Human endothelial cells synthesize, process, and secrete fibronectin molecules bearing an alternatively spliced type III homology (ED1). Academic Article uri icon

abstract

  • Cellular fibronectin (Fn) bearing an alternatively spliced extra type III structural repeat (ED1) is normally present at low concentrations in blood plasma. The source of this material remains uncertain. In this study, primary cultures of human umbilical vein endothelial cells (HUVEC) labeled with 35S-methionine were observed to synthesize Fn monomers both with and without this segment. Monomers isolated from cell lysates with antibodies to the ED1 sequence comigrated in nonreduced sodium dodecyl sulfate polyacrylamide gel electrophoresis with the slower (designated M1), but not the faster (designated M2), of two major monomeric populations that were recognized by antibodies raised to plasma-derived Fn. The differences between M1 and M2 were not due to glycosylation, since they were also observed between species of Fn monomer purified from cells grown in the presence of tunicamycin. M1 and M2 were both observed to incorporate with a similar rate into dimeric Fn, indicating that Fn monomers with and without the ED1 site can dimerize with similar efficiency. Analysis of reduced samples of Fn isolated from cells with anti-ED1 antibodies indicated the presence of both M1-M1 and M1-M2 dimers. In addition to being incorporated into extracellular matrix, ED1 + Fn was observed to be secreted in soluble form into the medium, potentially reflecting intravascular release of this protein by endothelial cells in vivo.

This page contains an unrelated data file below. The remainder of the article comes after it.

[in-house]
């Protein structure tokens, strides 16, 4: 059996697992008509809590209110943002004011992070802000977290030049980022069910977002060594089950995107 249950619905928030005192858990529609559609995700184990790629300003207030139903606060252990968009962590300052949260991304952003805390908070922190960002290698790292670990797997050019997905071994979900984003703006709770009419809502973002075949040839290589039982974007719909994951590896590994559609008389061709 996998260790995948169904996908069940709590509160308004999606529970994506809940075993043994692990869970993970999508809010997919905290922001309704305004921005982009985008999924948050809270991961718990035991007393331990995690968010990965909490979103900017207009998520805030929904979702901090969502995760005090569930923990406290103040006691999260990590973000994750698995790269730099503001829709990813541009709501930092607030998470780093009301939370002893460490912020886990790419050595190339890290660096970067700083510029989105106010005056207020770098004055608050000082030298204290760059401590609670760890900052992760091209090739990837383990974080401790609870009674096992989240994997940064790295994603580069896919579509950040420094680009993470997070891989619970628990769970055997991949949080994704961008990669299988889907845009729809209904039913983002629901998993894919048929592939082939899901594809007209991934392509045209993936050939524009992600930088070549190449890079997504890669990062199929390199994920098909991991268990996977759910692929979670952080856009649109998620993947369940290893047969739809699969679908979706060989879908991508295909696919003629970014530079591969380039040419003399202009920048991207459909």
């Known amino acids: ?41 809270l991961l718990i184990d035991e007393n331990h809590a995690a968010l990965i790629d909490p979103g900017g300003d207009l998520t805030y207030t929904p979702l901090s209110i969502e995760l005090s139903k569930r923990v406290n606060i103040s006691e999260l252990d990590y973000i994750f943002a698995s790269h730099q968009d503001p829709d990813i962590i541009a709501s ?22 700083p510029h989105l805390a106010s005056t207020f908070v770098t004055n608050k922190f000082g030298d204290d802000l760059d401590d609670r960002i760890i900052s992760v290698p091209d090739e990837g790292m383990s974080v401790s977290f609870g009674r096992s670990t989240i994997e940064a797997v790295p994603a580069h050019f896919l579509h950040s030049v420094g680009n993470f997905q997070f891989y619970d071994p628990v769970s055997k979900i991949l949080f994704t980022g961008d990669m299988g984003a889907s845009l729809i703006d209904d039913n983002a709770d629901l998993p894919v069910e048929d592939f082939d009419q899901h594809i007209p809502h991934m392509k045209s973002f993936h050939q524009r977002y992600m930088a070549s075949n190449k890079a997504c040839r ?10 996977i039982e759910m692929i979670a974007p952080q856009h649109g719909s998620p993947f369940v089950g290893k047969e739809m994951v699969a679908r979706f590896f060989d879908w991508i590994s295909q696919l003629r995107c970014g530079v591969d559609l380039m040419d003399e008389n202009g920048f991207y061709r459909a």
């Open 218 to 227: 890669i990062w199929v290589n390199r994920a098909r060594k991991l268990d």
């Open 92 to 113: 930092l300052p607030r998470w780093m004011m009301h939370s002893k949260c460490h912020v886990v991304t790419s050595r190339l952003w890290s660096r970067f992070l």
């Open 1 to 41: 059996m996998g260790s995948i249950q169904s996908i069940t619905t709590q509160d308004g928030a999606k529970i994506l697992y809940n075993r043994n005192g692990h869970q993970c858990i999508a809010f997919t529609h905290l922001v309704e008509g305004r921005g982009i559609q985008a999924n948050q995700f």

publication date

  • May 1, 1990

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